- Zero sugar, especially added sugar (only a tiny amount of fruit is allowed). Honey or brown sugar fall into the same category as regular table sugar, and fructose is not recommended either. Xylitol or erythritol can be great alternatives.
- Medium fat intake, mostly from essential fatty acids (extra virgin olive oil, flaxseed oil, fish oil, pumpkin seed oil, walnut oil etc. Sunflower oil is NOT one of those, NEITHER is pork lard!)
But how does this look in practice? Well, basically, all you need to do is eliminate sides and bakery products from your life. Meat, eggs, fish, low-fat dairy and vegetables: you can virtually eat these in unlimited amounts, provided that you eliminated starchy sides.
Pitfalls of a protein diet
Beware: there are many pitfalls. More than you would think. Breaded meat? No-no: it contains flour and breadcrumbs. Cereal bars? Hell no! They are loaded with sugar. Diet desserts? No way: they are loaded with other kinds of carbs. Loads of fruit? That’s also a no-go: a small amount of fruit in the morning is the maximum, because fruits are also quite high in carbs.
Deli meat? Take some time once to read the ingredients. You will most likely find sugar and loads of unsaturated fats. Although the latter are not totally evil (as many think), you’d better be careful with them. Plus, if you think it through, the value-for-money ratio is horrible, too. Compare how much of valuable nutrients you get from 100 g of deli meat and 100 g of raw chicken breast, and you will find that providing your daily protein intake from deli meat is anything but cost-efficient.
So, by saying “meat (fish, eggs, low-fat dairy and soy) and vegetables” we mean that literally. You can make super delicious meals from infinite combinations of these ingredients. Bonus: you don’t need to starve yourself, trying to survive on just a few bites a day. Starvation is not your friend in the long run. You may eat all day long, provided that you don’t get totally out of control :)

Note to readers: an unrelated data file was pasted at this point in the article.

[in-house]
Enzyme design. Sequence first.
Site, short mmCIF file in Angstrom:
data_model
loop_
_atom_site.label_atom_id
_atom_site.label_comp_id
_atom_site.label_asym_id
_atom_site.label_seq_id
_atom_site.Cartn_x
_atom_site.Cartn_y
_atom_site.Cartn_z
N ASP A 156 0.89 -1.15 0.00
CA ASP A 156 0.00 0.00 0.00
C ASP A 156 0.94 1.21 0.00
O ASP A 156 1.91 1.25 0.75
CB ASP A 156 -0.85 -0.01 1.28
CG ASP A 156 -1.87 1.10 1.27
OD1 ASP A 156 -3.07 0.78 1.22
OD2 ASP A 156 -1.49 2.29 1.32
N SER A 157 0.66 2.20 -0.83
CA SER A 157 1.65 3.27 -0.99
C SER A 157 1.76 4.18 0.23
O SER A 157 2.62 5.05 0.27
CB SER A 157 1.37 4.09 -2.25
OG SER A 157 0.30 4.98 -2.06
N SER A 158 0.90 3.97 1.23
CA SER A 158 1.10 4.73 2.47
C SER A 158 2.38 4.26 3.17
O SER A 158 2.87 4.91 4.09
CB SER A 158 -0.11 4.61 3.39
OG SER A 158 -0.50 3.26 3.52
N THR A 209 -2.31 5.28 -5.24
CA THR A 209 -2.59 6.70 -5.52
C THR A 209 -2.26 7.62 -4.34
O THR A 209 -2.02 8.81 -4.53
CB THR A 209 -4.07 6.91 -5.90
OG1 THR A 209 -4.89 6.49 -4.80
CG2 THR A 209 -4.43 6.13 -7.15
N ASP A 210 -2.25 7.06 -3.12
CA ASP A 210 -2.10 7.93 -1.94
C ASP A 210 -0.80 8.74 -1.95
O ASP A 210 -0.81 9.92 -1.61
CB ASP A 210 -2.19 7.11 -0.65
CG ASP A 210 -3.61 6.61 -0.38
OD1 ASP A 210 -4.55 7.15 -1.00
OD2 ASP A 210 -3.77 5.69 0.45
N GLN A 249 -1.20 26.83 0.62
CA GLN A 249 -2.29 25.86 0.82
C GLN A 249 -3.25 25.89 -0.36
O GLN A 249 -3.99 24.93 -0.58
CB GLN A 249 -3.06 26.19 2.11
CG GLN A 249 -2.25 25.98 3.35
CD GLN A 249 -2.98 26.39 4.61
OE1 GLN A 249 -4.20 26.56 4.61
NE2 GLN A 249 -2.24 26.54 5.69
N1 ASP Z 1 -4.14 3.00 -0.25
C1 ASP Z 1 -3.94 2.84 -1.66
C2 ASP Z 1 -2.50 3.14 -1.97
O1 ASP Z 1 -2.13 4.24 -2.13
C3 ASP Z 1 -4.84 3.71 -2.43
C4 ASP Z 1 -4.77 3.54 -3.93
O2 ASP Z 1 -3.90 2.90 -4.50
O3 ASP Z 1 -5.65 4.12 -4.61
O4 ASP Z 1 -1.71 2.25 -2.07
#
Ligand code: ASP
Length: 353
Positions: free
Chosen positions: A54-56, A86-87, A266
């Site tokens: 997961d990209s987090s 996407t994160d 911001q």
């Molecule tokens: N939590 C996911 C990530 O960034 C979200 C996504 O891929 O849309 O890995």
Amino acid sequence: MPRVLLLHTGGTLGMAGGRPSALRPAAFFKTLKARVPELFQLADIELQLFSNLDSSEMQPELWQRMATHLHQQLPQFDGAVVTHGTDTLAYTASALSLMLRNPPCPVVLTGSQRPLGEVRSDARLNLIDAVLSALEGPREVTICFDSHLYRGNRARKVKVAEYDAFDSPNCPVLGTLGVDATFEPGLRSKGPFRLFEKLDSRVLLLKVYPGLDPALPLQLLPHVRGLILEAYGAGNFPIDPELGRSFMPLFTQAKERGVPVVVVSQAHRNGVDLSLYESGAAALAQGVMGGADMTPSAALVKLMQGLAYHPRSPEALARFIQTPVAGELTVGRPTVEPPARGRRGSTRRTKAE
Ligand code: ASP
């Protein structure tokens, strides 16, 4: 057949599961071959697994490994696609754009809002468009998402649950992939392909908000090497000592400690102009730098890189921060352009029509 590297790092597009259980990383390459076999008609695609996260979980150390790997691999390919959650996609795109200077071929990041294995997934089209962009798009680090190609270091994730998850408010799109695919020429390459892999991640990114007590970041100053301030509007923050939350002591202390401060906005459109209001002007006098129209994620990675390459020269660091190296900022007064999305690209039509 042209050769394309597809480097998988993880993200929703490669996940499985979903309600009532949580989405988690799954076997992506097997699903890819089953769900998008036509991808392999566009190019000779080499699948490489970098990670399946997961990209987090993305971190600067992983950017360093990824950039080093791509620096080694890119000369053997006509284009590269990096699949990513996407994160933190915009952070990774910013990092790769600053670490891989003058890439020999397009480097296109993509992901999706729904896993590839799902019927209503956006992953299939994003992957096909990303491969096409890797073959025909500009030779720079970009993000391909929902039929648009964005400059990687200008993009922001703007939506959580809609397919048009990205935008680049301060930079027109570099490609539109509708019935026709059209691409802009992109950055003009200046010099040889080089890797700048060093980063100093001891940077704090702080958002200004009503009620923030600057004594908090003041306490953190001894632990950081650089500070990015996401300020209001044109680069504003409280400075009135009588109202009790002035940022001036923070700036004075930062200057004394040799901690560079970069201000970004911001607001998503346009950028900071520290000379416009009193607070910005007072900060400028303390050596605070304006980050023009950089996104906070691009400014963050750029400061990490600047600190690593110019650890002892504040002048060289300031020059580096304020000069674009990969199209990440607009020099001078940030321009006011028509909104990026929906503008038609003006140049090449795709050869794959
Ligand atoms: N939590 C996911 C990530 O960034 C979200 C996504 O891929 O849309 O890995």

Let’s see an example:
Sample meal plan on a protein diet (just to give you a hint; without exact amounts)
Breakfast: eggs with vegetables (and maybe some whole wheat bread or puffed rice cakes)
Morning snack: Cottage cheese with vegetables; this may be the appropriate time for a small portion of fruit
Lunch: Meat or fish with salad and olive oil
Afternoon snack: a handful (but not more) of cashew nuts, peanuts or pistachios
Dinner: see lunch
You don’t need to finish dinner by 6 pm. This is just another myth. As you can see, meals mostly contain protein and fat, and a small amount of carbs. If you opt for a diet plan like this, you don’t need to be so rigorous about the amounts, and you can virtually take weight loss for granted. True: the time will come when you will need to do some math for even better results. But by that time you will become a hardcore dieter, so this won’t be a big deal for you.
Good luck with your diet! Remember: there are no miracles. What you need is willpower, determination and persistence. If you have these, success is guaranteed!